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A scrubber system removes harmful materials from exhaust gases before they are released into the environment. There are two primary methods of scrubbing exhaust: wet and dry scrubbing. Both systems have the same basic methods of operation and the same final goal; they simply reach them through different materials. Scrubber systems are one of the primary ways of removing acid gasses from exhaust before they are released into the sky where they cause acid rain.
Wet scrubbing was the original type of scrubbing system. In a common wet scrubber system, the gas is funneled through an area where a wet substance is actively sprayed. Water is used when the gas needs dust and particulate matter removed. Sometimes, other chemicals are added that specifically react with certain airborne contaminants. Since this process adds so much vapor to the exhaust, if the gas is vented, it typically looks like billowing white smoke.
The sprayed liquid collects in the bottom of the area. This liquid is funneled away from the spraying chamber and collected for disposal. Since the liquid contains a wide range of potentially harmful materials, it cannot be reused or simply poured down the drain. The volume and weight of the liquid are very great and are some of the main reasons that dry scrubbing was developed.
Dry scrubber systems spray a collection of dry reagents into the exhaust. These reagents can have a number of different effects depending on the material they target. Some will simply neutralize a harmful material through a chemical reaction. Others cause a material to react and accrete into a different substance that is large enough to fall out of the gas stream or be caught in a particle screen. Since the vapor in these gasses is very low, they are typically dark or invisible when vented.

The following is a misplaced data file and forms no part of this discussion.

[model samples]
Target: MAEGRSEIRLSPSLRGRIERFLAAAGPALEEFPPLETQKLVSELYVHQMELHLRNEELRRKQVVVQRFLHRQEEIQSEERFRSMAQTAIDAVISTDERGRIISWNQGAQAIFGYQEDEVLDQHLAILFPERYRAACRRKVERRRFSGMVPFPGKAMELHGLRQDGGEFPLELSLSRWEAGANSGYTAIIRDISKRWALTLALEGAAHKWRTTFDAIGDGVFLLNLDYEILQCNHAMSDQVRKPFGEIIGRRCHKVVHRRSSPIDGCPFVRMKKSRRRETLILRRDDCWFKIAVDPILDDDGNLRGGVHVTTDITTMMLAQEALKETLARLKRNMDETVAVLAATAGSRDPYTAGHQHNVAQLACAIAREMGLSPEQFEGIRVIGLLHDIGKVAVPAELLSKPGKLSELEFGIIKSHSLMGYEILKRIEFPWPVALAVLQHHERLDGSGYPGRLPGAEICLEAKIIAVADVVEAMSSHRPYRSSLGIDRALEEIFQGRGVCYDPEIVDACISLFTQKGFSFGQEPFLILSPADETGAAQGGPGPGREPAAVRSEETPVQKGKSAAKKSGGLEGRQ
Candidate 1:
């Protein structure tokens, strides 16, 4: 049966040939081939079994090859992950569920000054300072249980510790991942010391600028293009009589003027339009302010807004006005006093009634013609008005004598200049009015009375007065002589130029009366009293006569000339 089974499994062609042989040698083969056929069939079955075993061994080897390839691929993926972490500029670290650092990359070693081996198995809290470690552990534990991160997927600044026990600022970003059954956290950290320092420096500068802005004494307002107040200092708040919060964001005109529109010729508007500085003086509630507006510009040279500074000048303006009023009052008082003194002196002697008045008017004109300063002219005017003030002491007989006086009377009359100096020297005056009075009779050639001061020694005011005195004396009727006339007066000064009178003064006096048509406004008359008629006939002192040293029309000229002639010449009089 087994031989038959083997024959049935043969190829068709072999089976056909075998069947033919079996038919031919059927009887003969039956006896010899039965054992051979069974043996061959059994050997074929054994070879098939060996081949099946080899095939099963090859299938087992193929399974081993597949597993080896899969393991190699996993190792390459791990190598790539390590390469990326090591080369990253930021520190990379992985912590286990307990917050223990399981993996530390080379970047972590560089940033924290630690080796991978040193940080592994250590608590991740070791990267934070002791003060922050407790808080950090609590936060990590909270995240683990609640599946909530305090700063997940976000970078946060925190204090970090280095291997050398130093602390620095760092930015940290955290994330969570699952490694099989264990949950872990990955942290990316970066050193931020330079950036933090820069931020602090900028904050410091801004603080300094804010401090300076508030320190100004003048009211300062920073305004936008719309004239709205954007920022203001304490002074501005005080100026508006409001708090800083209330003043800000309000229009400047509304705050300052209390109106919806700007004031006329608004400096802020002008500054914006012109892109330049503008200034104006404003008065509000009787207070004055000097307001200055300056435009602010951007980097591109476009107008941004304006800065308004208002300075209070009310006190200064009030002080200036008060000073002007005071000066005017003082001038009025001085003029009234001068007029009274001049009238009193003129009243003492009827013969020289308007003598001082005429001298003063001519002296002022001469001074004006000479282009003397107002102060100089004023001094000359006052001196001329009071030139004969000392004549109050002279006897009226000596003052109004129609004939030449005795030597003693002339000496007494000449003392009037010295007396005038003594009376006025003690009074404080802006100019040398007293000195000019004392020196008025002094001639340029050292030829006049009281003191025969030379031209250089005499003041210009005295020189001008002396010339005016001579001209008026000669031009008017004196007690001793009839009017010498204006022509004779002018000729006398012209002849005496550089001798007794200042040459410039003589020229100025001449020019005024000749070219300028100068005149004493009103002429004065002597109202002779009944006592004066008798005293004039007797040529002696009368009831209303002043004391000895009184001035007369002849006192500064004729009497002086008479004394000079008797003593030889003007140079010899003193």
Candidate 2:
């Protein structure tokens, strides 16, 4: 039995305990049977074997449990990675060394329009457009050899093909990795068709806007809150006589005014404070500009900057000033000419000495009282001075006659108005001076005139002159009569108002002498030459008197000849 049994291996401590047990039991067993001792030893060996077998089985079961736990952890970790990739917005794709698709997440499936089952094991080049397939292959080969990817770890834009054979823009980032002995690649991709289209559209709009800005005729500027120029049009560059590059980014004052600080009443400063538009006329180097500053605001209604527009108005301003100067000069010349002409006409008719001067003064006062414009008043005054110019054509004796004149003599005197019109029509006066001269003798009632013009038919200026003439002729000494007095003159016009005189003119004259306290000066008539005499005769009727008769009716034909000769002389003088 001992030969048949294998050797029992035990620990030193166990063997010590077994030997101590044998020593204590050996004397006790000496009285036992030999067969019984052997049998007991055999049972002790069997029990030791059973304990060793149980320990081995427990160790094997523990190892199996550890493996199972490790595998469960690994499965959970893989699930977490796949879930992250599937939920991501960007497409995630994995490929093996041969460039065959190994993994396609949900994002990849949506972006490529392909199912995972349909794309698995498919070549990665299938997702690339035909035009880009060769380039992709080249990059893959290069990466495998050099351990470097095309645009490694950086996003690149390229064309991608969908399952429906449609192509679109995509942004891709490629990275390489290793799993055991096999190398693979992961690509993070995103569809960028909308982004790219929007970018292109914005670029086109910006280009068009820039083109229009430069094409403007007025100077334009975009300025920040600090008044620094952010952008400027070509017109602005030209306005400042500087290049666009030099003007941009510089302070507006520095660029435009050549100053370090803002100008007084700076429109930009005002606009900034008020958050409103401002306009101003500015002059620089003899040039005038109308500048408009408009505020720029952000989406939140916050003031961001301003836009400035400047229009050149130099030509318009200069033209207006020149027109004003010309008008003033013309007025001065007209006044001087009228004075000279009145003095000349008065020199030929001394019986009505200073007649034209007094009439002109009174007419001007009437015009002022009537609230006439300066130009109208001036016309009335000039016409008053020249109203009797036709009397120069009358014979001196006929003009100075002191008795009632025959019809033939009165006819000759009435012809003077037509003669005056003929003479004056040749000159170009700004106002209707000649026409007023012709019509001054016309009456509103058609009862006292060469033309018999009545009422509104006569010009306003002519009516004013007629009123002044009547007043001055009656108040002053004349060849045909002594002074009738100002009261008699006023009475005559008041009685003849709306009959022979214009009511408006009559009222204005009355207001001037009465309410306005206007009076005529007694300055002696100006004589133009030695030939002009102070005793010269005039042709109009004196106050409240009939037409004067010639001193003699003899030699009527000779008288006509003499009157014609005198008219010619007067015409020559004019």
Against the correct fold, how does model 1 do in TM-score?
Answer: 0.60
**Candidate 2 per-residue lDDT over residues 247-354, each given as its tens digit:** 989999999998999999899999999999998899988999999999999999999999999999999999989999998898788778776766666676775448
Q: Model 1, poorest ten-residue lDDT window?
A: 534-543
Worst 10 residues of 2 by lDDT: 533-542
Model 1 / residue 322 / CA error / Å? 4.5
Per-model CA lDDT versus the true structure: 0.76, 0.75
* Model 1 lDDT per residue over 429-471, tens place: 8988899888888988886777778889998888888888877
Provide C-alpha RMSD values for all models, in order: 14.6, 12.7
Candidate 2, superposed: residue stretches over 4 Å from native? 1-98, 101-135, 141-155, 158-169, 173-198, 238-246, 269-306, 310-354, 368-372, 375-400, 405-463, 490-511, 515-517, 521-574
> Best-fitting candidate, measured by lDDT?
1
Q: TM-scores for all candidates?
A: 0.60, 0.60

The system produces very little waste material, at least when compared to a wet scrubber. Most of the material sprayed into the exhaust stream is allowed to leave, burn off in the heat of the stream or be caught in a filter. As a result, the collection requirements for a dry scrubber system are much less than for a wet one. This reduces the cost of the system as well as removes the cost of transporting and storing the waste water.
In modern plants, dry scrubbing is more common by far, but wet scrubbing still has its uses. Some contaminants, such as mercury, are extremely harmful and can only be removed by a wet compound. The other common use for a wet system is heat dissipation and recycling. A wet system will collect, and potentially repurpose, heat before gas is vented. This is both better for the environment and allows a company to recoup some of the expense of the wet scrubber system.
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